California 'street tree' benefits valued at $1 billion
Streets lined with gold? Not exactly, but a new report from the U.S. Forest Service's Pacific Southwest Research Station estimates trees lining Californian streets and boulevards provide benefits to municipalities and residents worth $1 billion.
"Structure, Function and Value of Street Trees in California, USA," published in this month's issue of "Urban Forestry and Urban Greening," is the most up-to-date and comprehensive inventory of "street trees" within California. Using municipal inventories analyzed in i-Tree, a computerized tree inventory and management suite, researchers were able to create a composite picture of not only the number of California's street trees, but also their species, size, location and associated benefits.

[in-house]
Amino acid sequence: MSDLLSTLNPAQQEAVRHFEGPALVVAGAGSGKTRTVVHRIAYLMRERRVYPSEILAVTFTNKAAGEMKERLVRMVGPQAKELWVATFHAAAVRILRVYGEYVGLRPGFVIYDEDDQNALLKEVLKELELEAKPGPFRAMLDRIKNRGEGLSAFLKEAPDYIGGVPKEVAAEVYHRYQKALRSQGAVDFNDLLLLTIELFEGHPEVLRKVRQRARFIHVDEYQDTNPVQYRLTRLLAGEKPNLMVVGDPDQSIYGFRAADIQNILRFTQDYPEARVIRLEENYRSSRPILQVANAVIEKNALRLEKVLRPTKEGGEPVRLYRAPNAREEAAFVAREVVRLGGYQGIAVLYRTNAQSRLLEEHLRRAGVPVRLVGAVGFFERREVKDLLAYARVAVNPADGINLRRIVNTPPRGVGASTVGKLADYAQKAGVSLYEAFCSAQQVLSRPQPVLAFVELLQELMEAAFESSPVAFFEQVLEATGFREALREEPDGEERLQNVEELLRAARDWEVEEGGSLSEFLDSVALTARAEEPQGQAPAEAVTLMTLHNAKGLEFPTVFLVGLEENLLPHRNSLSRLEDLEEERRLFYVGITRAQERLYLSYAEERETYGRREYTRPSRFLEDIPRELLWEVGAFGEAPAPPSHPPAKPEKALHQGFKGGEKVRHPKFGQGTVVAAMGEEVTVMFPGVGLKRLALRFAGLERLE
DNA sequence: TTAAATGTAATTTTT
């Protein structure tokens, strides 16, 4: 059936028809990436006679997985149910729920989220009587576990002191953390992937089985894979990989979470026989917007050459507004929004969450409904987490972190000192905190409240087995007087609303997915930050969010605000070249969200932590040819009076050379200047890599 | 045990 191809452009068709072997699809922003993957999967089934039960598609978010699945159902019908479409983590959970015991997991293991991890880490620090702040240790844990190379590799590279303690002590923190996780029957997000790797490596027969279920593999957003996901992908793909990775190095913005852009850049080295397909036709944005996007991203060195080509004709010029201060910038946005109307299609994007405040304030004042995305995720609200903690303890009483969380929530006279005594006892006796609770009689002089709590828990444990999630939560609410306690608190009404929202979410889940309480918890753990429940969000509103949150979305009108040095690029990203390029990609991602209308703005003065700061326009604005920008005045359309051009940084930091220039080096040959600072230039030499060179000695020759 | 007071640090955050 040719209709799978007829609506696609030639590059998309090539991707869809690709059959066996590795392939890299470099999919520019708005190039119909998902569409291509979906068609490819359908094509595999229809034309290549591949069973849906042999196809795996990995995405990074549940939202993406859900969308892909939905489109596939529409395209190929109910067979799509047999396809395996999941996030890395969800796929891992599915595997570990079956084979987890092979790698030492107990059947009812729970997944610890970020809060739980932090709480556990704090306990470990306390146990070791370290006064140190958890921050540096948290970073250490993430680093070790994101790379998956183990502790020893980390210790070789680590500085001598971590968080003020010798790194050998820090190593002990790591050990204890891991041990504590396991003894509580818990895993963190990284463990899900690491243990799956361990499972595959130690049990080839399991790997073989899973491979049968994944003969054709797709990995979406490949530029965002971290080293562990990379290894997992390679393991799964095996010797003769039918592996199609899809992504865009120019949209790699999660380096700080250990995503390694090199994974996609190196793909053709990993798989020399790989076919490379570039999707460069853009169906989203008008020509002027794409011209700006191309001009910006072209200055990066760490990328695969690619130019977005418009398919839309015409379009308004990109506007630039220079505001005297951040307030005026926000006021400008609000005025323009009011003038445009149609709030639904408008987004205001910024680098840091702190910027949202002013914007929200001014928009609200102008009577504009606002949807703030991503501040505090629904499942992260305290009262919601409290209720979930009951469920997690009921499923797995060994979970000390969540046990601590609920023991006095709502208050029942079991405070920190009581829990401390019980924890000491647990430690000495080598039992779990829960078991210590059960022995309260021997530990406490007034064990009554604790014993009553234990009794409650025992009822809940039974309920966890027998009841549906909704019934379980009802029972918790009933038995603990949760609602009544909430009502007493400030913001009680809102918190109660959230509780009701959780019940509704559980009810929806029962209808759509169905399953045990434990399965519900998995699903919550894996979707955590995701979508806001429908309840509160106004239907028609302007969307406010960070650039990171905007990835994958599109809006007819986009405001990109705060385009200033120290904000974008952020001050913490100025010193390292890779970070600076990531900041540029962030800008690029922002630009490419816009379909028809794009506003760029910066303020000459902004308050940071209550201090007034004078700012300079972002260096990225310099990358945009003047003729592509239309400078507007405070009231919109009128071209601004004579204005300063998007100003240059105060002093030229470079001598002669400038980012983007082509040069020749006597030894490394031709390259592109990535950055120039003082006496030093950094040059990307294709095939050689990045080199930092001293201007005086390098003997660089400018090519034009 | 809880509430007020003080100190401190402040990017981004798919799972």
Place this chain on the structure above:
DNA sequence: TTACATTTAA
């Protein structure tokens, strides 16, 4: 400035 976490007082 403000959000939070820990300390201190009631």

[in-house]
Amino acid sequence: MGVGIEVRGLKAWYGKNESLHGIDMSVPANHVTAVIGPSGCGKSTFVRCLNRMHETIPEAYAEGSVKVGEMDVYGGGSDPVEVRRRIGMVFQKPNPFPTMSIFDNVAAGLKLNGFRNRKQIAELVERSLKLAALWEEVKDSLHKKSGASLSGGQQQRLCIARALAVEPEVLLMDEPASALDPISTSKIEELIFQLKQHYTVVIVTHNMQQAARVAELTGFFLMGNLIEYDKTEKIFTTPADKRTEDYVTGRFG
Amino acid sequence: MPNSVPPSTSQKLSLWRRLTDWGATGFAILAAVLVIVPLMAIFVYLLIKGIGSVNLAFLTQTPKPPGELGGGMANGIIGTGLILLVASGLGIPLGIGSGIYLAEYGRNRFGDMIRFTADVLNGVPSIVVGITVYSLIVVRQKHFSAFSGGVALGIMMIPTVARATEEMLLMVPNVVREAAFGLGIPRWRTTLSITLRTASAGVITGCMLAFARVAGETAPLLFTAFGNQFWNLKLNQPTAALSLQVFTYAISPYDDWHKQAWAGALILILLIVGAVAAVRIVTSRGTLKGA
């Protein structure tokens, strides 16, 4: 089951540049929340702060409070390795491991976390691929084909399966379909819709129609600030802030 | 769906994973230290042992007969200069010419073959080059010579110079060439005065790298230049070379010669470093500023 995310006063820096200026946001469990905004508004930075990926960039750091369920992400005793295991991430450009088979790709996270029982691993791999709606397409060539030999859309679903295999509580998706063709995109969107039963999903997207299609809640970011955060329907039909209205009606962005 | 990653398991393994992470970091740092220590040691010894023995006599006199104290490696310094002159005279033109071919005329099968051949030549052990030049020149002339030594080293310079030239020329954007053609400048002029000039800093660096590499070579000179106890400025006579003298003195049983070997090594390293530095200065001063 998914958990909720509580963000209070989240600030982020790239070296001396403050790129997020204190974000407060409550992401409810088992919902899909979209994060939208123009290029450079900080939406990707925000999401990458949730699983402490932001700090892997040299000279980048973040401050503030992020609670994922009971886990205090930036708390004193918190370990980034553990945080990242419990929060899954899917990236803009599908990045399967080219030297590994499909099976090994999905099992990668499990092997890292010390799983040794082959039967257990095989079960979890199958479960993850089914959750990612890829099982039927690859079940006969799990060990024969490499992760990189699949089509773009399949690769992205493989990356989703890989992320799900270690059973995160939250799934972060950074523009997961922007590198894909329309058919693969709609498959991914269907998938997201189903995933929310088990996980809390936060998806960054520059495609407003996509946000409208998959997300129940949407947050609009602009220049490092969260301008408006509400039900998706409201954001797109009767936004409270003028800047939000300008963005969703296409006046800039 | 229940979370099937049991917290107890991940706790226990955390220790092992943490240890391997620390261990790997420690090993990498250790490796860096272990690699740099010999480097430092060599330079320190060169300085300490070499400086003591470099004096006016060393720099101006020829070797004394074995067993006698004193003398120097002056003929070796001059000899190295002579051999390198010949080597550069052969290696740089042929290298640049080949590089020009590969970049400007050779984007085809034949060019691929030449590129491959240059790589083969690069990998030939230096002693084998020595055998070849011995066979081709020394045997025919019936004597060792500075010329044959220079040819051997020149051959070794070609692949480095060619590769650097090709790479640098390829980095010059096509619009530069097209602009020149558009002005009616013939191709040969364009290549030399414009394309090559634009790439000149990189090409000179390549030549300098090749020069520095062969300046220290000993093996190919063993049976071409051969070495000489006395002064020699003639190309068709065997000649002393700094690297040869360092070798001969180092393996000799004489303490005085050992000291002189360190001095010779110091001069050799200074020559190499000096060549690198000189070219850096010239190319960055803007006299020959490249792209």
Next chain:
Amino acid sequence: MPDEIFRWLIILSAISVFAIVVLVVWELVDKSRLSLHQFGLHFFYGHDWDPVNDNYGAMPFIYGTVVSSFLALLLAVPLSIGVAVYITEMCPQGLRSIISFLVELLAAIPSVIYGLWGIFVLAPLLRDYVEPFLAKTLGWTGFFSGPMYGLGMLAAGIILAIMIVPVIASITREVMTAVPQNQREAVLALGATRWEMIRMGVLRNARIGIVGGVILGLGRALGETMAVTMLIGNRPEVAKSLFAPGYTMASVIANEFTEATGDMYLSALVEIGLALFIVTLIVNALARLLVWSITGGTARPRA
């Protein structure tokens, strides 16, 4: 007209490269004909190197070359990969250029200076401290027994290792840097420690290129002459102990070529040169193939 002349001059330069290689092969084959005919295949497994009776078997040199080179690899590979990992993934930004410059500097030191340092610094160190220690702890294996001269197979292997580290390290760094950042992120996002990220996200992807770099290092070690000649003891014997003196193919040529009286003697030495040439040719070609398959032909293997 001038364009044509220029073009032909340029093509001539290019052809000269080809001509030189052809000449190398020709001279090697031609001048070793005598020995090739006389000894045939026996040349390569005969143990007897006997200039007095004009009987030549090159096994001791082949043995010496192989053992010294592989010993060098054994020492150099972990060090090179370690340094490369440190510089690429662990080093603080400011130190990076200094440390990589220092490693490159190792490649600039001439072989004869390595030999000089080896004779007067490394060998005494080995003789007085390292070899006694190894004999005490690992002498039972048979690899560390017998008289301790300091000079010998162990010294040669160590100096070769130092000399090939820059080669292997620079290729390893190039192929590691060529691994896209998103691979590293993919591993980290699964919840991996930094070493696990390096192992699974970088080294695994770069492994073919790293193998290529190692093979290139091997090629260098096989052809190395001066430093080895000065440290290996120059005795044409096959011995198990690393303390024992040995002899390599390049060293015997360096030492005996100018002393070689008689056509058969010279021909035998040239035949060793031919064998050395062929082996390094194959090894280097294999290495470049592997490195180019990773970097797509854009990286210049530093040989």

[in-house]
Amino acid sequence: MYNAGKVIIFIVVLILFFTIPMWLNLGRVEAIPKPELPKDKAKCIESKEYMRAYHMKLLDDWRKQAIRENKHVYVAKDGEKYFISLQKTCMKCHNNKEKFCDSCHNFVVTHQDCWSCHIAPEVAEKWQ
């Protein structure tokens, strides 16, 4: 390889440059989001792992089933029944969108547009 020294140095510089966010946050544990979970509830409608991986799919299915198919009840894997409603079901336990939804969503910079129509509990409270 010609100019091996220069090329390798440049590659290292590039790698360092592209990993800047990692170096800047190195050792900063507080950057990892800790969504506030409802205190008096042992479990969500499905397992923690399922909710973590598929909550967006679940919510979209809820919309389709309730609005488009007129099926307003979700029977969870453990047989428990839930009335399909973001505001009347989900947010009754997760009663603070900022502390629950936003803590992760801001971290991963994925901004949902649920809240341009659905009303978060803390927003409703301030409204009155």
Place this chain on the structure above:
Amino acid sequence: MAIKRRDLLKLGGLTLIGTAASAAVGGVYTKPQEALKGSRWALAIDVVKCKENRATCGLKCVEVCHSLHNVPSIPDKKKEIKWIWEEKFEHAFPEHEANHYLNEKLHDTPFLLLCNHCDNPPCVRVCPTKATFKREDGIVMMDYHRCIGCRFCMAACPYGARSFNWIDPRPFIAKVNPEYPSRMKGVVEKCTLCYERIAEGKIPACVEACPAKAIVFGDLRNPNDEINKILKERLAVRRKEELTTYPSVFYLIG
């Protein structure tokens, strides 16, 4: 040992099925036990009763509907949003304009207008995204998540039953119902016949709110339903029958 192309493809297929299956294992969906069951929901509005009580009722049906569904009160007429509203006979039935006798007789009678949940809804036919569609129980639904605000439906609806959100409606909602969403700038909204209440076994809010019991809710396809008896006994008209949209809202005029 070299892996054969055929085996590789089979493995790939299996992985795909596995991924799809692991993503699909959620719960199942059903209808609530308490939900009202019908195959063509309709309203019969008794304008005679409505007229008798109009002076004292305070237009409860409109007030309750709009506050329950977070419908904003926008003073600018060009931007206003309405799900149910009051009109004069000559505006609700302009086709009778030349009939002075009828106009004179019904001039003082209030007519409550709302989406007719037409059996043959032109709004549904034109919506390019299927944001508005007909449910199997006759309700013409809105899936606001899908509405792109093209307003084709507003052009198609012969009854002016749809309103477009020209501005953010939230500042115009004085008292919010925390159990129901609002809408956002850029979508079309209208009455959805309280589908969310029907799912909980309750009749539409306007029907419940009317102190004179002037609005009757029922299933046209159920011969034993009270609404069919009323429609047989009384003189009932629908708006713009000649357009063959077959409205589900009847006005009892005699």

With an estimated 9.1 million trees lining California's streets and boulevards, it averages to about one street tree for every four residents. But according to the recently published study, room remains for another 16 million street trees to be planted, if resources allowed.
"Sometimes it's easy to think of trees along city streets as mere aesthetics, or worse, a nuisance with falling leaves and limbs or uprooting sidewalks," said research forester and lead author Greg McPherson. "But what our study shows is that these trees have a real monetary benefit to the municipalities and residents who care for them."
Image credit: Kelly Taylor
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